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On Sun, 2007-05-13 at 23:07 -0700, Andrew Farmer wrote:
> This script really doesn't prove anything, though. All it shows is
> that a compromised machine can be difficult to impossible to clean
> properly - which has been known for a *long* time. Ken Thompson
> discussed a much cleverer one in "Trusting Trust". It's also worth
> noting that this is in no way specific to UNIX systems. It's simply
> an unalterable fact that, once an attacker has had full access to the
> machine, it's possible for them to make changes which will allow them
> reentry at a later date.
I don't have (and I doubt anybody around here can) the proof to make this a theorem, but it is a good postulate:
In olden days, this created the fundamental rules for systems like Tripwire: place the signatures on non-alterable storage, run tripwire in single user mode (ahh, the naive assumption that single user mode would be safe enough).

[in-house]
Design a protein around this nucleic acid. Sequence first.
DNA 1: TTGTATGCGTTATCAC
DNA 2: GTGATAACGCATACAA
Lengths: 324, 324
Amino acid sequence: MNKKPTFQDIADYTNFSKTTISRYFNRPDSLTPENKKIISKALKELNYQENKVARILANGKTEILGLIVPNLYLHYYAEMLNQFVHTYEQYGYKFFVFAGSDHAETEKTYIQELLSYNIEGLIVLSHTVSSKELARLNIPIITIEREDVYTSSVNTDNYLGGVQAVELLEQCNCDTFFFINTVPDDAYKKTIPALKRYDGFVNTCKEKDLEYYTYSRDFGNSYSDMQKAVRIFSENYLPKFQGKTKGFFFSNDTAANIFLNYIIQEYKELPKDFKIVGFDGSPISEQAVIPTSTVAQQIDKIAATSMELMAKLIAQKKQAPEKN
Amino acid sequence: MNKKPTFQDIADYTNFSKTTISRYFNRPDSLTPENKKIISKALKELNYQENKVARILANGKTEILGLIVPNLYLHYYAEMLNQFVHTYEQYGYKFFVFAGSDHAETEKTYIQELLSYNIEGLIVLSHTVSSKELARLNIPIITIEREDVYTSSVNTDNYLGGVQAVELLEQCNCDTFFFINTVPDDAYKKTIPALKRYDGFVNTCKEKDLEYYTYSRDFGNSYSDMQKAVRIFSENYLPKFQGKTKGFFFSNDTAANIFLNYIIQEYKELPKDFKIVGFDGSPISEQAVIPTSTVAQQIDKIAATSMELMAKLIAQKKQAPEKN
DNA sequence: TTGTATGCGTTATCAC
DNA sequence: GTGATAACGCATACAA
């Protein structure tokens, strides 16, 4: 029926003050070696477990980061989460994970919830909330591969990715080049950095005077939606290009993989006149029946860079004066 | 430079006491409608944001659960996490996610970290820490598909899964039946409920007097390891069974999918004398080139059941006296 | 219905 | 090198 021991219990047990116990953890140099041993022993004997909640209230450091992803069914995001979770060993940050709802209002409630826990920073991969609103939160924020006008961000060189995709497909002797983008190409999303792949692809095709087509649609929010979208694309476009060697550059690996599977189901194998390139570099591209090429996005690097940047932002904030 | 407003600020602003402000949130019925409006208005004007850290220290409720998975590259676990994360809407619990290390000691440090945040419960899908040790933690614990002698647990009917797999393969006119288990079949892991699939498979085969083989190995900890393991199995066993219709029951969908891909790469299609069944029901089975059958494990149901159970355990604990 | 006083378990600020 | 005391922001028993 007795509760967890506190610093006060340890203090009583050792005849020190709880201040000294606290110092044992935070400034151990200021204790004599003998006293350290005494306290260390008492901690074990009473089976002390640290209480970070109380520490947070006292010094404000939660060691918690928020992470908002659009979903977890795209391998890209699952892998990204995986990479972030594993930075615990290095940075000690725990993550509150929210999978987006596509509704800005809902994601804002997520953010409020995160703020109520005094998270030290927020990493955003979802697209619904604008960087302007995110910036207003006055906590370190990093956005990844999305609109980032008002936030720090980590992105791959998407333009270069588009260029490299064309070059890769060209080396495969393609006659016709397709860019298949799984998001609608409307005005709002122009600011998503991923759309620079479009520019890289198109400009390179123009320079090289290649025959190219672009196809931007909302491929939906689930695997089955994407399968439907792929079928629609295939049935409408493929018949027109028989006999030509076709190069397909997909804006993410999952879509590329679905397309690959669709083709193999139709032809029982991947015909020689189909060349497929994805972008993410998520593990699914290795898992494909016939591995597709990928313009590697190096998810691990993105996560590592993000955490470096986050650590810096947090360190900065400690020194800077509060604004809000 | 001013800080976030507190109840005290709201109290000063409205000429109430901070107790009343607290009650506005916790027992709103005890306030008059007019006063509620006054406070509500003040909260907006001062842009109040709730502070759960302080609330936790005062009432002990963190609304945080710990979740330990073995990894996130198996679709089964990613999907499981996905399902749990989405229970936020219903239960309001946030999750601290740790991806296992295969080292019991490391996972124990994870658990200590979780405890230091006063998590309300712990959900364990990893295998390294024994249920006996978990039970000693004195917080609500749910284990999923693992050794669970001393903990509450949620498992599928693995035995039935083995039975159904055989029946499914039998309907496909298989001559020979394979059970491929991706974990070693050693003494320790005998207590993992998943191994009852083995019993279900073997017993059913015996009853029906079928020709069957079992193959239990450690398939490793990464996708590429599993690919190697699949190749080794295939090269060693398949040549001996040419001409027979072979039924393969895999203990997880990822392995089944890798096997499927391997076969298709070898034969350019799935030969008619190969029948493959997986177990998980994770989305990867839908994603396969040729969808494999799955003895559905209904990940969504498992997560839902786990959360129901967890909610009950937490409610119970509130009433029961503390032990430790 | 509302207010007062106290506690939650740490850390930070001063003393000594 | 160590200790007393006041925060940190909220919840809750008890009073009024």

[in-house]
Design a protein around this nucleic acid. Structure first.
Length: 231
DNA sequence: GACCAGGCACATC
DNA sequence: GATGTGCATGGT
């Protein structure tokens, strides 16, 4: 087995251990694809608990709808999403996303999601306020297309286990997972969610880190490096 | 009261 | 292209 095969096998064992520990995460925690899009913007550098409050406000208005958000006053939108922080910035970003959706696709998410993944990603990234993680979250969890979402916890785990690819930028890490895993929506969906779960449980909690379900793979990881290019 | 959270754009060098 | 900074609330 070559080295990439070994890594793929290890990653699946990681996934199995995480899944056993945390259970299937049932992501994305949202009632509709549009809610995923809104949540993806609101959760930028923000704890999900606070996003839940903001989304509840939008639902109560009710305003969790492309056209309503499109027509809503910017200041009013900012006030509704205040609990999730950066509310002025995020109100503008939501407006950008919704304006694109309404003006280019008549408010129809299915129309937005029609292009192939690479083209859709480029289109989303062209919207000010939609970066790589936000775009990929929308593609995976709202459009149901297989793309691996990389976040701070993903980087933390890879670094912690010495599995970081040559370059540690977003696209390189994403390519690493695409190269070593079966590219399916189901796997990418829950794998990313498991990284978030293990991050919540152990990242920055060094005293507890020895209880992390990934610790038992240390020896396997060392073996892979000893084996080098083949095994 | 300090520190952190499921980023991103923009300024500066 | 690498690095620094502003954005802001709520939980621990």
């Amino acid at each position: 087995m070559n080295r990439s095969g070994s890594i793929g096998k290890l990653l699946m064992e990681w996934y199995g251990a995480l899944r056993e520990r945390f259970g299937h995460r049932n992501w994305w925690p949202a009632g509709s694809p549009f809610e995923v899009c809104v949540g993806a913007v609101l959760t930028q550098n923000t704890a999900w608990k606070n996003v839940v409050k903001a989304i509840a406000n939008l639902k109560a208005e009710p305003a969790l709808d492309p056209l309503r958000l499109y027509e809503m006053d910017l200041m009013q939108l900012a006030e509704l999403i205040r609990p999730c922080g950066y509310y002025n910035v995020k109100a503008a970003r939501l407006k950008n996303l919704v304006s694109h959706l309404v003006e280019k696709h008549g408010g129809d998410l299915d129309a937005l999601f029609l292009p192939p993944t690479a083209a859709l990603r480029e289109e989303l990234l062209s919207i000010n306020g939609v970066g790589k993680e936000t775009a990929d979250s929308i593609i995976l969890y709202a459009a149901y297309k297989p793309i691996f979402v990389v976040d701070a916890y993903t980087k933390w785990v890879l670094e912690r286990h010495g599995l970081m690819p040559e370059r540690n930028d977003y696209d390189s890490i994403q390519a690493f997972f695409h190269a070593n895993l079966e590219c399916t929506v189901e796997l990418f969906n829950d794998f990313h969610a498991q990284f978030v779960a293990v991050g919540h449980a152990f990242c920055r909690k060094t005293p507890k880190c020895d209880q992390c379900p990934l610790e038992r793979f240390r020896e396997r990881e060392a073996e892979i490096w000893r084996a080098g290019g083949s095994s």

Today, the preferred method of checking the integrity of a system involves virtualisation of said system, and verification from the hosting component of the hosted one. Or the hammer approach of erasing the state of the system after use, and rolling it back to a "proven" safe and stable one. -- Vincent ARCHER firstname.lastname@example.org Tel : +33 (0)1 40 07 47 14 Fax : +33 (0)1 40 07 47 27 Deny All - 23, rue Notre Dame des Victoires - 75002 Paris - France _______________________________________________ Full-Disclosure - We believe in it. Charter: http://lists.grok.org.uk/full-disclosure-charter.html Hosted and sponsored by Secunia - http://secunia.com/